(VI) Reuben, fifth child of Peter and Elizabeth (Hall) Munson, was born September 28, 1799, died at Flushing, Long Island, September 29, 1846. He lived for a time in Virginia and Maryland, but for nearly fifty years resided in New York City. He was an extensive manufacturer of tortoise shell and horn combs. He traded extensively with Mexico. He was very successful, became wealthy, and lived in great style. In his later years he retired to a large farm at Flushing, Long Island, where he ended his days. During the war of 1812 he helped to fit out the privateer "Saratoga." He was in command of troops during that war, stationed at Fort Greene, Brooklyn. He was a member of the Society of the Cincinnati. He was prominent in New York City public affairs; he was alderman from the tenth ward 1813-20, and a member of the state legislature, 1820-22. He was one of the founders of the House of Refuge. "He was remarkable for kindness and benevolence, for love of truth, love of justice, and love of peace." He married Abigail Wilsey, born July 21, 1781, at Rhinebeck, New York, and died April 23, 1865, at Williams Bridge, New York. They had fourteen children, one of whom, Catherine, born September 23, 1804, and died September 7, 1873, married Robert M. Hartley (see Hartley). "She was of medium stature, in person inclined to roundness, of blonde complexion, light hair, an expressive countenance, enlivened by blue eyes. Her domestic virtues were most exemplary, industry and economy were conspicuous in the care of her family." She is buried in the family lot at Greenwood, Brooklyn, New York.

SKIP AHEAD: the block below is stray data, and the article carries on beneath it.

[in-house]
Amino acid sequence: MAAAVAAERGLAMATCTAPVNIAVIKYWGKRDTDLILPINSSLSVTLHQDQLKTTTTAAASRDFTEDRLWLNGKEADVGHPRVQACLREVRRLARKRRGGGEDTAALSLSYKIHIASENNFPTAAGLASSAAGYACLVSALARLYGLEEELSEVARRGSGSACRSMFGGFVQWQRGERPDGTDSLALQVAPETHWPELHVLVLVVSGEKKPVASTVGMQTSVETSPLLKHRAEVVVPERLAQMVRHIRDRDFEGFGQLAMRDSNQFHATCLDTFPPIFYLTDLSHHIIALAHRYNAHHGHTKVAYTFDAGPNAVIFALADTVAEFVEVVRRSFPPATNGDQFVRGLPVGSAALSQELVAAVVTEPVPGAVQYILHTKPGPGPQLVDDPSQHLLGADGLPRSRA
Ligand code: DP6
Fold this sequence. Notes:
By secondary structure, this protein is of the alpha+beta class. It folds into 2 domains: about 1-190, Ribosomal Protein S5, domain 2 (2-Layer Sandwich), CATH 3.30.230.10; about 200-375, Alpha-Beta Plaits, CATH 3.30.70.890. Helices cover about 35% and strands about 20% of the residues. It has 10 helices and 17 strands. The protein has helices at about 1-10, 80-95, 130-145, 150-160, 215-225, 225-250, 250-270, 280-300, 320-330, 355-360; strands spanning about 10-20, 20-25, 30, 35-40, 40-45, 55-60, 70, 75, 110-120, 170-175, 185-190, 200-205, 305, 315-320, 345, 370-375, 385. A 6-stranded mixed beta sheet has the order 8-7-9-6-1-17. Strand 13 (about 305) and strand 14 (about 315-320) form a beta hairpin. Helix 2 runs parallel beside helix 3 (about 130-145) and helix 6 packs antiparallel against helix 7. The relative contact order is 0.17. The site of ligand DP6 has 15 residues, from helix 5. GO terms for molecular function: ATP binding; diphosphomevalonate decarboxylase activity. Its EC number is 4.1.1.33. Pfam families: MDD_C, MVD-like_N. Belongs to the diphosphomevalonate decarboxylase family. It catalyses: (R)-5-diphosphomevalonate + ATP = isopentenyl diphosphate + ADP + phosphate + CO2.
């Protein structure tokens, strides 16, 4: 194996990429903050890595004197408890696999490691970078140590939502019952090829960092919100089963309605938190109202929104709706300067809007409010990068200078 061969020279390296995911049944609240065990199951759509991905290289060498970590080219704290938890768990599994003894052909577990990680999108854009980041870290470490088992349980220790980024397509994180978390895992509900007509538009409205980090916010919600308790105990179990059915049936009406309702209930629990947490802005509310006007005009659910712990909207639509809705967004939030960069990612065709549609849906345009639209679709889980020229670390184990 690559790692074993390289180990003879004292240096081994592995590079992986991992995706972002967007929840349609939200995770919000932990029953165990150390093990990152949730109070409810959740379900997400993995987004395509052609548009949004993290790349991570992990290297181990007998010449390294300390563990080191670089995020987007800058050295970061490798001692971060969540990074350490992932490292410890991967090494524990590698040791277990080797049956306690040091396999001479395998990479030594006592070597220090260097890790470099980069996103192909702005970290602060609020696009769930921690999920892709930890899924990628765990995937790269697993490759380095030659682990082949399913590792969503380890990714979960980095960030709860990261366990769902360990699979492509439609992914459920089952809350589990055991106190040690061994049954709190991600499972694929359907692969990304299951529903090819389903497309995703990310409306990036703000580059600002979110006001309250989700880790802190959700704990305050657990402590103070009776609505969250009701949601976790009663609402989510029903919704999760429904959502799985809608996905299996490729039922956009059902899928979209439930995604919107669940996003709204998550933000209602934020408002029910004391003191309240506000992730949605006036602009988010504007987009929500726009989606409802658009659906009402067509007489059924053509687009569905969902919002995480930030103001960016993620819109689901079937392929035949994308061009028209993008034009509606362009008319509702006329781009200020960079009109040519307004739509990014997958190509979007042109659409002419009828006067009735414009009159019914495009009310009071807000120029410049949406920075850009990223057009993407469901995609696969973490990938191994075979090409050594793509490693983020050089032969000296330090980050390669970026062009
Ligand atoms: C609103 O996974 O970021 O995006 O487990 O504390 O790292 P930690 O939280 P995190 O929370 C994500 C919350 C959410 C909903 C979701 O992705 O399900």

Go to top of page | previous family: Avery | next family: Clizbe

You are here: Home » Families » HMGFM Home » Hartley updated March 30, 2015

Copyright 2015 Schenectady Digital History Archive — a service of the Schenectady County Public Library